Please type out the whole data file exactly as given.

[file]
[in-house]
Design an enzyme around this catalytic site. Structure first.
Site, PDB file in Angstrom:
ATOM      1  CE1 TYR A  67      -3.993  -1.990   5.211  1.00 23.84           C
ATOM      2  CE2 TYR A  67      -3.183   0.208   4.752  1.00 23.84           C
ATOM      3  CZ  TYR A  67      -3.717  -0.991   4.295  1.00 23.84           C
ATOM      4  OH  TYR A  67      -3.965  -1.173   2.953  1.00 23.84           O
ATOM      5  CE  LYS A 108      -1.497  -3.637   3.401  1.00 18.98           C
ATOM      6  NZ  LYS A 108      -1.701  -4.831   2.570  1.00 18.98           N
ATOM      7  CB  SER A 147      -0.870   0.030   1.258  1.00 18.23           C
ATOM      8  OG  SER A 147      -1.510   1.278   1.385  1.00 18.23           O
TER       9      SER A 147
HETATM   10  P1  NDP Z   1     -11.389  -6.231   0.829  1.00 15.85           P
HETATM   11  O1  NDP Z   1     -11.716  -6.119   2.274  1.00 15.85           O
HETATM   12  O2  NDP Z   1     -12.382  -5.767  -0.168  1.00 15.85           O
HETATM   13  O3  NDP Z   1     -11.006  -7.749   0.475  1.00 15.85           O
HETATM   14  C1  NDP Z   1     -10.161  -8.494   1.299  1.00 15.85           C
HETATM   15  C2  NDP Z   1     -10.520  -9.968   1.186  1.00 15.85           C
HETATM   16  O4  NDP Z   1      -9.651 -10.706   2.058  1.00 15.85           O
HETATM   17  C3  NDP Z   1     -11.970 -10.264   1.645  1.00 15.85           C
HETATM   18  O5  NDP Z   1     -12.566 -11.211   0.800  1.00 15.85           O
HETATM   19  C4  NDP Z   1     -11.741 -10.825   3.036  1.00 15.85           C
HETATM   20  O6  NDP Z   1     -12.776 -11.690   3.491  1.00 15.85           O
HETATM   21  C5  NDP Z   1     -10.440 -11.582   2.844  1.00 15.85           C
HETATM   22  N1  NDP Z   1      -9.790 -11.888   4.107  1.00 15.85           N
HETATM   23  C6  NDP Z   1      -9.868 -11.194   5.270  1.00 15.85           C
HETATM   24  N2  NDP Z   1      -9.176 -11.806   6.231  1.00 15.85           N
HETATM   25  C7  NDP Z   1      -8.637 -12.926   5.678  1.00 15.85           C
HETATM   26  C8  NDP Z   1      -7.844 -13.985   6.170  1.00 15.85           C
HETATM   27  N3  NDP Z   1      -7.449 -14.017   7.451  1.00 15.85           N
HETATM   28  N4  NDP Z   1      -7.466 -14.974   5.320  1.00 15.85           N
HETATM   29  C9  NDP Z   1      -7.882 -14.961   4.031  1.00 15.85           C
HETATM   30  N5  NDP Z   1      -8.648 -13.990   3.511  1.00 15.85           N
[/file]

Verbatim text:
[in-house]
Design an enzyme around this catalytic site. Structure first.
Site, PDB file in Angstrom:
ATOM      1  CE1 TYR A  67      -3.993  -1.990   5.211  1.00 23.84           C
ATOM      2  CE2 TYR A  67      -3.183   0.208   4.752  1.00 23.84           C
ATOM      3  CZ  TYR A  67      -3.717  -0.991   4.295  1.00 23.84           C
ATOM      4  OH  TYR A  67      -3.965  -1.173   2.953  1.00 23.84           O
ATOM      5  CE  LYS A 108      -1.497  -3.637   3.401  1.00 18.98           C
ATOM      6  NZ  LYS A 108      -1.701  -4.831   2.570  1.00 18.98           N
ATOM      7  CB  SER A 147      -0.870   0.030   1.258  1.00 18.23           C
ATOM      8  OG  SER A 147      -1.510   1.278   1.385  1.00 18.23           O
TER       9      SER A 147
HETATM   10  P1  NDP Z   1     -11.389  -6.231   0.829  1.00 15.85           P
HETATM   11  O1  NDP Z   1     -11.716  -6.119   2.274  1.00 15.85           O
HETATM   12  O2  NDP Z   1     -12.382  -5.767  -0.168  1.00 15.85           O
HETATM   13  O3  NDP Z   1     -11.006  -7.749   0.475  1.00 15.85           O
HETATM   14  C1  NDP Z   1     -10.161  -8.494   1.299  1.00 15.85           C
HETATM   15  C2  NDP Z   1     -10.520  -9.968   1.186  1.00 15.85           C
HETATM   16  O4  NDP Z   1      -9.651 -10.706   2.058  1.00 15.85           O
HETATM   17  C3  NDP Z   1     -11.970 -10.264   1.645  1.00 15.85           C
HETATM   18  O5  NDP Z   1     -12.566 -11.211   0.800  1.00 15.85           O
HETATM   19  C4  NDP Z   1     -11.741 -10.825   3.036  1.00 15.85           C
HETATM   20  O6  NDP Z   1     -12.776 -11.690   3.491  1.00 15.85           O
HETATM   21  C5  NDP Z   1     -10.440 -11.582   2.844  1.00 15.85           C
HETATM   22  N1  NDP Z   1      -9.790 -11.888   4.107  1.00 15.85           N
HETATM   23  C6  NDP Z   1      -9.868 -11.194   5.270  1.00 15.85           C
HETATM   24  N2  NDP Z   1      -9.176 -11.806   6.231  1.00 15.85           N
HETATM   25  C7  NDP Z   1      -8.637 -12.926   5.678  1.00 15.85           C
HETATM   26  C8  NDP Z   1      -7.844 -13.985   6.170  1.00 15.85           C
HETATM   27  N3  NDP Z   1      -7.449 -14.017   7.451  1.00 15.85           N
HETATM   28  N4  NDP Z   1      -7.466 -14.974   5.320  1.00 15.85           N
HETATM   29  C9  NDP Z   1      -7.882 -14.961   4.031  1.00 15.85           C
HETATM   30  N5  NDP Z   1      -8.648 -13.990   3.511  1.00 15.85           N